* Court ruling had said divorced Copts could remarry
* Egypt’s Orthodox Coptic Pope rejects remarriage ruling
* Coptic leader’s most outspoken remarks so far
By Yasmine Saleh
CAIRO, June 8 (Reuters) - The head of Egypt’s Coptic Orthodox Church rejected on Tuesday a court ruling that Coptic men could remarry, saying the decision was against the church’s principles and reflected interference in its affairs.
A court upheld a ruling last week that two Coptic men had the right to remarry even though divorced, a move seen as undermining the church’s efforts to maintain authority over Christians in Muslim-majority Egypt.
The court decision was prompted by a rare intervention by Coptic Pope Shenouda who had launched an appeal on behalf of the church to overturn a similar court ruling made in March 2008.
Shenouda and 90 other officials in Egypt’s Orthodox church had signed a document against the verdict, the pope said.
“This statement expresses our rejection of the ruling,” Shenouda told a news conference, showing reporters the document.
Analysts say the ruling challenges the church’s efforts to hold sway over its flock and guard Coptic values in Egypt, where conservative Islamic trends have gained ground.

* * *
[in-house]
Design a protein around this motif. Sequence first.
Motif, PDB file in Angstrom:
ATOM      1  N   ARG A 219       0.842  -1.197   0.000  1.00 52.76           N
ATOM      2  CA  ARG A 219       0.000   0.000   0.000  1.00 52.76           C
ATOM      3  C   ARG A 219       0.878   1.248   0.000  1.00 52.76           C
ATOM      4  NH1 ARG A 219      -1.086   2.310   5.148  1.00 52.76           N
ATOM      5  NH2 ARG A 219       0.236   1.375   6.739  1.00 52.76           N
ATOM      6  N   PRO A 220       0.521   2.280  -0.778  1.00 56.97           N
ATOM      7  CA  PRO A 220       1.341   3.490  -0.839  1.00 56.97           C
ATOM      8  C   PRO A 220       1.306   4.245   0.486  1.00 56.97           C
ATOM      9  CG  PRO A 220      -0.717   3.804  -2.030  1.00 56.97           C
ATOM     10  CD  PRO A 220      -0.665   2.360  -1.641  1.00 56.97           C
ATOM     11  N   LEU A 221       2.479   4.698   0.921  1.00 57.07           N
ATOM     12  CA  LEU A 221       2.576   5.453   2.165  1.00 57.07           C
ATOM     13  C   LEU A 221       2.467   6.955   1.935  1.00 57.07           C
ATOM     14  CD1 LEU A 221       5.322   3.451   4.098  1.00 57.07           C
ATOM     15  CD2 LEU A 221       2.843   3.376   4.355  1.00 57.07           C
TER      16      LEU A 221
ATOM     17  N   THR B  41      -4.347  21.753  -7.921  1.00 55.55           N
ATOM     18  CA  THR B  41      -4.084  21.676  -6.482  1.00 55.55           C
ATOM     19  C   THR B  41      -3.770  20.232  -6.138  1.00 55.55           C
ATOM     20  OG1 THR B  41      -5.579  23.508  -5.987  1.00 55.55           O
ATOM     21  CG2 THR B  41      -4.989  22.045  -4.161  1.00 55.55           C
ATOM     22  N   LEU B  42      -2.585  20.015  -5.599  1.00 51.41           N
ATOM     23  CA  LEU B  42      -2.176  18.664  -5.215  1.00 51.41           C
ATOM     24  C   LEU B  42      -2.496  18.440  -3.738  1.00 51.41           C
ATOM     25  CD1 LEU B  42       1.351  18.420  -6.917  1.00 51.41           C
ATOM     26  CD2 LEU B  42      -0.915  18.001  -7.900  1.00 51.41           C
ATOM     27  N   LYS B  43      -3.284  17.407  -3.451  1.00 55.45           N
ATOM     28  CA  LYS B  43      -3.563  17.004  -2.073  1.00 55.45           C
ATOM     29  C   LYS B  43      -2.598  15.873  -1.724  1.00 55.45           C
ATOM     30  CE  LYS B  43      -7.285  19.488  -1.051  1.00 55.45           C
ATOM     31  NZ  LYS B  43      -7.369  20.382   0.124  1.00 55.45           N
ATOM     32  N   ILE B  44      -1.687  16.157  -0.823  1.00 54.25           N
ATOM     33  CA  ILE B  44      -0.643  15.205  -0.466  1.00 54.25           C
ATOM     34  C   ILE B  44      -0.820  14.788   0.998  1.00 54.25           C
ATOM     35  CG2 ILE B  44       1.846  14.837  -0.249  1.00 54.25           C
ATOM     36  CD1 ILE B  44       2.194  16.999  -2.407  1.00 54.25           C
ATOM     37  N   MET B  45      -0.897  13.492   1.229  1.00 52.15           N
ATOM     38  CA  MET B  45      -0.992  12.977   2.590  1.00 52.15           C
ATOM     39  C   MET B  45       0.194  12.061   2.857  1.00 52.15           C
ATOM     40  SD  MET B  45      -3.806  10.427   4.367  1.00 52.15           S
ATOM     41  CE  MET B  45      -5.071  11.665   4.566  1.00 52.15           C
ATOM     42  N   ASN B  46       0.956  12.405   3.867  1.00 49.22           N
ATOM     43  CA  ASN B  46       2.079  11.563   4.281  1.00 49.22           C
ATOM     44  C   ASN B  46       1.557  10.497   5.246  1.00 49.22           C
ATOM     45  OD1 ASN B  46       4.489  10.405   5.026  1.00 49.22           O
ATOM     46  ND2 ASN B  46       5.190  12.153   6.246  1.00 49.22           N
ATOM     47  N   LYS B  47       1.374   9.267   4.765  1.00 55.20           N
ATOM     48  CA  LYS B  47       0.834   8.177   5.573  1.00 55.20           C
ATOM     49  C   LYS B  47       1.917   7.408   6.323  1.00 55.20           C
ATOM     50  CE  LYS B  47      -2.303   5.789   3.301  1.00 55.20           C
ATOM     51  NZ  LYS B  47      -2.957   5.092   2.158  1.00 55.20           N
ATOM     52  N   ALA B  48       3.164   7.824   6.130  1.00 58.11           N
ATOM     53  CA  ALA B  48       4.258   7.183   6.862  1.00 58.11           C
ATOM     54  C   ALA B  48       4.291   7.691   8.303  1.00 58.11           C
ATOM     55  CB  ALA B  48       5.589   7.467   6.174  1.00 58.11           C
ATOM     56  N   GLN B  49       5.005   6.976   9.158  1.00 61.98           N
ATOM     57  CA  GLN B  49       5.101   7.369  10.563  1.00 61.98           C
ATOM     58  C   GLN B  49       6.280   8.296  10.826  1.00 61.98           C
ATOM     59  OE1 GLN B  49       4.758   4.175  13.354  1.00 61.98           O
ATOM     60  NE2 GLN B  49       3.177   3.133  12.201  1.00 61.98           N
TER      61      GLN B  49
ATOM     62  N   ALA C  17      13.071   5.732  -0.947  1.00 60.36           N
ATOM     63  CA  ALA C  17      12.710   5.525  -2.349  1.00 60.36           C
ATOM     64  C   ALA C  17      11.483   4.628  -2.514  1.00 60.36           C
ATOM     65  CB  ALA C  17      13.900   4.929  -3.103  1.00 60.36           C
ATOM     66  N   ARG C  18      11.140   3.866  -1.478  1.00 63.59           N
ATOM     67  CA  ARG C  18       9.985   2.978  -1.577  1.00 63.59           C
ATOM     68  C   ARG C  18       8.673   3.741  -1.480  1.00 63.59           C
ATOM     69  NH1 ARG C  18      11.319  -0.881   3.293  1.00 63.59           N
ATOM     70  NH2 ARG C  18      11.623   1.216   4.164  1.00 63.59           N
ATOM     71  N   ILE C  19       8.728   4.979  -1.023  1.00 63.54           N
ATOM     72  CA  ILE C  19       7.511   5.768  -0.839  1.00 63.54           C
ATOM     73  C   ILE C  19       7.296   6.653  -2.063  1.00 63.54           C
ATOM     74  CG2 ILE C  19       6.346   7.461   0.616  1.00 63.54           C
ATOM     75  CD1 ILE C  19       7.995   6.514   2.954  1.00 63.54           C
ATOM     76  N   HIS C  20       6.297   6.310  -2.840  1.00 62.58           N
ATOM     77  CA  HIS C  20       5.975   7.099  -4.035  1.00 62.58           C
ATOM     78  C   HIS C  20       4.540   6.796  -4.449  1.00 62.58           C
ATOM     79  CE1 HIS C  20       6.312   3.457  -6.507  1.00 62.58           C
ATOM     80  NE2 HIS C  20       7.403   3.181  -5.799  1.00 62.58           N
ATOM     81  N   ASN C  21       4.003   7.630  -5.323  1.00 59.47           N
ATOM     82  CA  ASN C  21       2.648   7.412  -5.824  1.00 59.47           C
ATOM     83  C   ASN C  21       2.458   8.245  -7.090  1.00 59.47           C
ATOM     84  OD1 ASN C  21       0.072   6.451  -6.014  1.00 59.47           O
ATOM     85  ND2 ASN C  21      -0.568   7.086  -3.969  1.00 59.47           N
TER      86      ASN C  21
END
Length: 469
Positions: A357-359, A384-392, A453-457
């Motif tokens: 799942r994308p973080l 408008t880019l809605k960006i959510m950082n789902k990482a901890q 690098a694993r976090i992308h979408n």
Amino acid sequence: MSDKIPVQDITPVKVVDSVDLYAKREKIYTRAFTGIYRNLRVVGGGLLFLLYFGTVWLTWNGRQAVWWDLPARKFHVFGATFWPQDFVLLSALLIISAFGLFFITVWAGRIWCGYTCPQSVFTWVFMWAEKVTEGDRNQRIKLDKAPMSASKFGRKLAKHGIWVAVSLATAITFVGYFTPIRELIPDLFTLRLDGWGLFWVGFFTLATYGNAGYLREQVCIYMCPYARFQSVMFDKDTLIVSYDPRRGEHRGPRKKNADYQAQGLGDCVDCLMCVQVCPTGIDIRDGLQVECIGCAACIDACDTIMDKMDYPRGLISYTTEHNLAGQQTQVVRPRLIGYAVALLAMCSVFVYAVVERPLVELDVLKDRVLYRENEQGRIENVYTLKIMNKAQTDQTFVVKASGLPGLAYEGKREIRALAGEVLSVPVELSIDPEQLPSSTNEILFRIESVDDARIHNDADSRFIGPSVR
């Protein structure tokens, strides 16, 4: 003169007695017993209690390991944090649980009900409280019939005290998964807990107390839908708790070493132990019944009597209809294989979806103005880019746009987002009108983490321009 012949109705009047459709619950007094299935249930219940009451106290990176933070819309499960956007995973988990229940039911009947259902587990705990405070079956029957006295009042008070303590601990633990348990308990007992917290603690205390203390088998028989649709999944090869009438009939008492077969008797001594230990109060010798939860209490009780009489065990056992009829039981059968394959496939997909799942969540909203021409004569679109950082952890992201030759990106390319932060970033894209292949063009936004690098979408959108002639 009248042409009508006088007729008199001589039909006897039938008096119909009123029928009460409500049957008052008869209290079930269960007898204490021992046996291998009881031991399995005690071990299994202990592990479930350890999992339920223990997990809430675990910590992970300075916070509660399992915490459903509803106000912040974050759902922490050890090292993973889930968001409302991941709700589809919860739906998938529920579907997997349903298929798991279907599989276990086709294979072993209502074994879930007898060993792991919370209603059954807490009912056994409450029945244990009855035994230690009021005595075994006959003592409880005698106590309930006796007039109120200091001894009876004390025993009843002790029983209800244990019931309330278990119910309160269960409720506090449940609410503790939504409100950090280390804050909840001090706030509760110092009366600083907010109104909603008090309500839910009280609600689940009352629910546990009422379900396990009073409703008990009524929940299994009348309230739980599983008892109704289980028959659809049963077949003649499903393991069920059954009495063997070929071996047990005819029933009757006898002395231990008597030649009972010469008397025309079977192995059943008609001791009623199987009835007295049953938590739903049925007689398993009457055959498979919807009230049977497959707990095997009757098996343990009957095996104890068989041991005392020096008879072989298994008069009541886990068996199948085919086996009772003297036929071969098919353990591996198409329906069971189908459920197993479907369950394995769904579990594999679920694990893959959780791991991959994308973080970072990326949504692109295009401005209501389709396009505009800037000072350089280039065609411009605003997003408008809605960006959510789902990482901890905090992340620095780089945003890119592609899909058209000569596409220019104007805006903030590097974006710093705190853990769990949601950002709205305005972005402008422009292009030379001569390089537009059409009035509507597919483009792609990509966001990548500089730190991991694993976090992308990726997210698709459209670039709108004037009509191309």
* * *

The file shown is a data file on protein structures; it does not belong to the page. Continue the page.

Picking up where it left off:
Christians, mostly Orthodox Copts, make up about 10 percent of Egypt’s 78 million people. Many Christians grumble about discrimination, although some Christians have risen to ministerial rank or are top business executives. “We should examine the issue, otherwise it would suggest Copts are exhausted and (can be put) under pressure in their religion,” the pope said, saying he was discussing further legal steps, even though the latest ruling followed a final appeal.
After the ruling last month, Pope Shenouda said the church would still not allow remarriage after divorce, except in cases of separation following adultery. Tuesday’s comments were his most outspoken rejection of the ruling.
“I am announcing that the church respects the law but it does not accept rules except from the bible,” the pope said.
Under Egypt’s personal laws, marriage and divorce proceedings are based on the couple’s religion. But in any marriage between a Muslim and non-Muslim, Islamic law prevails. Divorce is an accepted practice in the Muslim community.
Relations between Egypt’s Christian and Muslim communities are generally calm, but can sometimes erupt into violence over issues such as land or inter-faith marriages and relationships.
In another case in 2002, a court ruled that a Coptic woman, the well-known Egyptian actress Hala Sidki, could divorce her Coptic husband. But she only won her case after years spent in in court and after the church relented and backed her divorce. (Editing by Edmund Blair)